Czars crumbling US checks system
Article II, Section 2 of the Constitution states the president ‘may require the Opinion, in writing, of the principal Officer in each of the executive Departments, upon any subject relating to the Duties of their respective Offices,’ thus giving our president a constitutional right to his cabinet.
Throughout our country’s history, notable people who were approved by the legislative branch before they started the job have held these positions.
This confirmation is part of our checks and balances system and is essential to maintain a government in which power cannot be centralized by any single entity or individual.
The executive branch has found a way to circumvent this check on the president’s power by creating ‘czar’ positions.
The first czar in the U.S. government, Carlton Turner, appeared in 1982 during the Reagan administration. Vice President Joe Biden coined the term ‘drug czar’ during a 1982 interview with a United Press International reporter. Since then, every president has either maintained or increased the number of czars in the U.S. government.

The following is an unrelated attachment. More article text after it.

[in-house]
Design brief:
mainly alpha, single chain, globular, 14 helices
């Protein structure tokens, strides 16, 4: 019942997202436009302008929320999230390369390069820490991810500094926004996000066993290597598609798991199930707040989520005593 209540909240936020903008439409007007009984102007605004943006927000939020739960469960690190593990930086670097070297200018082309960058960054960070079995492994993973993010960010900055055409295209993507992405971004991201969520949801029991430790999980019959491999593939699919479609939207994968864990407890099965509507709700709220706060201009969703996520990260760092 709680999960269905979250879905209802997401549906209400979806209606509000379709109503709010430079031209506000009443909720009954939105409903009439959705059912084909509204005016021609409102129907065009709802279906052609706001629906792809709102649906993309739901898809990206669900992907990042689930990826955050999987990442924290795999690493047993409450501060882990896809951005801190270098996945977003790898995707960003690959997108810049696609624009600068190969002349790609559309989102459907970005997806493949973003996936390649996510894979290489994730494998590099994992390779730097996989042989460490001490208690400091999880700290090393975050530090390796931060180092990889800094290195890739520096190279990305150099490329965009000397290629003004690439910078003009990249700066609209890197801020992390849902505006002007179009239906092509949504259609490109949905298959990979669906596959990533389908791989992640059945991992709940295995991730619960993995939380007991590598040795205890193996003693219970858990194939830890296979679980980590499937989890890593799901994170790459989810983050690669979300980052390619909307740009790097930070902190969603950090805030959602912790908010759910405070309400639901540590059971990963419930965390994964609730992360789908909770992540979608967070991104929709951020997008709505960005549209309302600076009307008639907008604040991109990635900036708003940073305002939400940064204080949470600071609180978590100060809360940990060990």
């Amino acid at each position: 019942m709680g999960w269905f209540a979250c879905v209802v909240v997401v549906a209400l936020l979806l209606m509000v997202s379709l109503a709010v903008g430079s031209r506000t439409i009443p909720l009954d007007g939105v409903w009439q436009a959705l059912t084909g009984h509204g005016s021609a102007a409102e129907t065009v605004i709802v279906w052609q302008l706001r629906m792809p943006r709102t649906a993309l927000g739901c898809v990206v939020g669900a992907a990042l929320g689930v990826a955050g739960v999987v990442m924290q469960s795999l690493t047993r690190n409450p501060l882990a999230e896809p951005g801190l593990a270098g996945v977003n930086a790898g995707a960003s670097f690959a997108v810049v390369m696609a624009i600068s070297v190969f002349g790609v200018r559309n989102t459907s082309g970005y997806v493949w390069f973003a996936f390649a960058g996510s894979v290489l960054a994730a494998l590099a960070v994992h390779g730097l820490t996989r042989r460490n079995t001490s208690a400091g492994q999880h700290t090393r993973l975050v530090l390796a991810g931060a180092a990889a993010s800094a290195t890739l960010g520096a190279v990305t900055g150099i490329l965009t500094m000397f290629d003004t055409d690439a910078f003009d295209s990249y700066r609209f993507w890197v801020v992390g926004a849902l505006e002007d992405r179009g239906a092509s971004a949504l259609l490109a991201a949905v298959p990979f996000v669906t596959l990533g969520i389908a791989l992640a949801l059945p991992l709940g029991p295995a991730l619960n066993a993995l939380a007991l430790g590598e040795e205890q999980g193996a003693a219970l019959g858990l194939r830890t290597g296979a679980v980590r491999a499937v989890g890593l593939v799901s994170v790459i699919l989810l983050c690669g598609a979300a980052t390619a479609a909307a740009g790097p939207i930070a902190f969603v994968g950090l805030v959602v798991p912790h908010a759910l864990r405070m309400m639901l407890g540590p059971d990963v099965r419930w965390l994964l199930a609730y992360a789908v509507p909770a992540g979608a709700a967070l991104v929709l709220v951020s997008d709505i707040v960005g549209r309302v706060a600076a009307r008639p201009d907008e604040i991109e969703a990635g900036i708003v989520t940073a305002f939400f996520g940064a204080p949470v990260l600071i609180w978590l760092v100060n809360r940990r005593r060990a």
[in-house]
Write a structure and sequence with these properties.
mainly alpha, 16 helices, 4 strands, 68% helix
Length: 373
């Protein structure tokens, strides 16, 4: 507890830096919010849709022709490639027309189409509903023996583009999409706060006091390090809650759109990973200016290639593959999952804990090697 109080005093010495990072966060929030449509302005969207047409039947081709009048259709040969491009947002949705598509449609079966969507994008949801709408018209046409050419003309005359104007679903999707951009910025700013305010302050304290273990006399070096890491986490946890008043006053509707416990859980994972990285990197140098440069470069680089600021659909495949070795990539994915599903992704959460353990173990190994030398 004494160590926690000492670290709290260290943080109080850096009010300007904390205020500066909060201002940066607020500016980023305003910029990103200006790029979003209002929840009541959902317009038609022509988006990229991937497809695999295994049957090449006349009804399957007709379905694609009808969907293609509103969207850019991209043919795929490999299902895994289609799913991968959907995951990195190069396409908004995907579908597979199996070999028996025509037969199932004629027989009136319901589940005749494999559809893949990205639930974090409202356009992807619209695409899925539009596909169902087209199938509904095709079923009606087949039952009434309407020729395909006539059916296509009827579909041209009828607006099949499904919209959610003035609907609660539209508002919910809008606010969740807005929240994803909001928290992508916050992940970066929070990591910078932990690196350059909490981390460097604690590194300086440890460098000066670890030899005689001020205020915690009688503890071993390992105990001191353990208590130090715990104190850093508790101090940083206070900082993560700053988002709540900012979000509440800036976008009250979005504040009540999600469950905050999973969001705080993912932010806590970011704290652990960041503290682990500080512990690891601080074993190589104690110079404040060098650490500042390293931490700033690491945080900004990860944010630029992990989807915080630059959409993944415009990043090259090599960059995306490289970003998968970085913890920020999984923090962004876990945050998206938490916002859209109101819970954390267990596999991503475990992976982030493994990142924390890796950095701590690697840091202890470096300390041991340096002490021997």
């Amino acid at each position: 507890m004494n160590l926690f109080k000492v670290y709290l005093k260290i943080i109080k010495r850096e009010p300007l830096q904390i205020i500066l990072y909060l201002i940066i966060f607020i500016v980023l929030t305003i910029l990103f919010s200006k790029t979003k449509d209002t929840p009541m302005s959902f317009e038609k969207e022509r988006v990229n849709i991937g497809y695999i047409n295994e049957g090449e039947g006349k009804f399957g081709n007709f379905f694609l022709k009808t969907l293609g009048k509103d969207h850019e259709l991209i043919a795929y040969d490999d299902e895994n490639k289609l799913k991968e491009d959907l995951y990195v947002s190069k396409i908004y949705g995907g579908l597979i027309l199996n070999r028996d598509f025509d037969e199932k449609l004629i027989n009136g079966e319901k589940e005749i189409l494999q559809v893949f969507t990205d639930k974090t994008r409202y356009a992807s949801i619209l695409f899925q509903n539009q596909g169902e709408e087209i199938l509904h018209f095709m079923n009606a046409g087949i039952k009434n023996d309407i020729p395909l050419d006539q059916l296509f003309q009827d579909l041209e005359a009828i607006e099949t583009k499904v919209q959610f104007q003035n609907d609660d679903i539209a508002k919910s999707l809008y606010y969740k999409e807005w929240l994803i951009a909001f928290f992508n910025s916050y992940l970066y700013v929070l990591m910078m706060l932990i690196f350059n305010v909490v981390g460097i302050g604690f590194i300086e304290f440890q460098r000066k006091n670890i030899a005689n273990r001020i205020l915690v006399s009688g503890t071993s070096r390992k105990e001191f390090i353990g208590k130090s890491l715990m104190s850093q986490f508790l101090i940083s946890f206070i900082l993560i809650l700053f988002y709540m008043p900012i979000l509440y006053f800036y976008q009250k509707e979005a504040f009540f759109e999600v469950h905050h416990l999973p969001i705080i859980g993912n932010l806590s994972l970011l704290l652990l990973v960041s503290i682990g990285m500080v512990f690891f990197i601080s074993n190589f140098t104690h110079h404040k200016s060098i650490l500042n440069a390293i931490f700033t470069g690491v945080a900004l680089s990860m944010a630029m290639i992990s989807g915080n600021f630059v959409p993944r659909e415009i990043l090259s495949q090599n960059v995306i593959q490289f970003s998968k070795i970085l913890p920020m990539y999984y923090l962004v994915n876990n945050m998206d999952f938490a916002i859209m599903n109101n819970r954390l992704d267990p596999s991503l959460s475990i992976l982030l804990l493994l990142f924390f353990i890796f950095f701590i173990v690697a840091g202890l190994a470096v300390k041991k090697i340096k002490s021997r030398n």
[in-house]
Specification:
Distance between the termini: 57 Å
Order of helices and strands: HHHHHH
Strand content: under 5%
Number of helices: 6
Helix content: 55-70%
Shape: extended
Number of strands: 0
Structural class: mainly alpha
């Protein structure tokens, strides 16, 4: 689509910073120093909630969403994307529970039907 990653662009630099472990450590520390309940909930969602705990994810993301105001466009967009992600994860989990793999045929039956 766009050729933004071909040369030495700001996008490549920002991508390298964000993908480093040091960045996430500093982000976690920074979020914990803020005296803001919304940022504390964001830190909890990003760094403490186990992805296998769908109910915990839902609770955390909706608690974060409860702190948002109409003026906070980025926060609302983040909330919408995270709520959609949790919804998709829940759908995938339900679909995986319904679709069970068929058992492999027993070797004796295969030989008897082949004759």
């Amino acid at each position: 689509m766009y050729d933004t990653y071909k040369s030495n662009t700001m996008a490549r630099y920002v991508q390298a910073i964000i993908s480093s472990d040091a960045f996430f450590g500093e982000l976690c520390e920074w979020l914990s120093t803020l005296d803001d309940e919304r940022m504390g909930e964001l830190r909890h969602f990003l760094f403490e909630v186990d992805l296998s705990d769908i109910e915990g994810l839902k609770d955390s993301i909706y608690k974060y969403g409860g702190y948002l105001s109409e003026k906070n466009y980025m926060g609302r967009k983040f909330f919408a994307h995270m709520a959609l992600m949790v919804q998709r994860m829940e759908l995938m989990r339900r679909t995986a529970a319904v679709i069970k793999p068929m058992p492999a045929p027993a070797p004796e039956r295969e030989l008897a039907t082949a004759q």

The man who invented the term czar, in regard to American politics, is now an accomplice to an unprecedented centralization of political power in the U.S. via the same system he named.
What is most troublesome is the rate at which President Obama has increased the number of these unconstitutional czars in his current administration.
A senior member of the Senate wrote, ‘the rapid and easy accumulation of power by White House staff can threaten the constitutional system of checks and balances.’ Before this is dismissed as right-wing fear mongering, it must be pointed out that a Democrat, Sen. Robert Byrd, D-W.Va., wrote this.
Byrd’s statement is not an exaggeration. The latest count dictates anywhere between 18 to 21 czars in the Obama administration, all of whom answer solely to the President and none of whom were confirmed by the legislative branch.
Byrd’s concerns appear to be grounded because no other administration in our history has appointed czars at Obama’s rate.
Without oversight, the quality of these appointments can be questioned. Herbert M. Allison is the Troubled Asset Relief Program czar. Allison’s last job was Cheif Executive Officer of Fannie Mae. Michael Brown of former President George W. Bush’s Federal Emergency Management Agency must not have been available.
During the 2008 presidential campaign, conservatives were roundly criticized when they characterized Obama as a power-hungry demagogue. If nothing else, our 44th president’s zeal for avoiding congressional oversight has validated those claims.
Timothy Mathis is a history junior and may be reached at [email protected]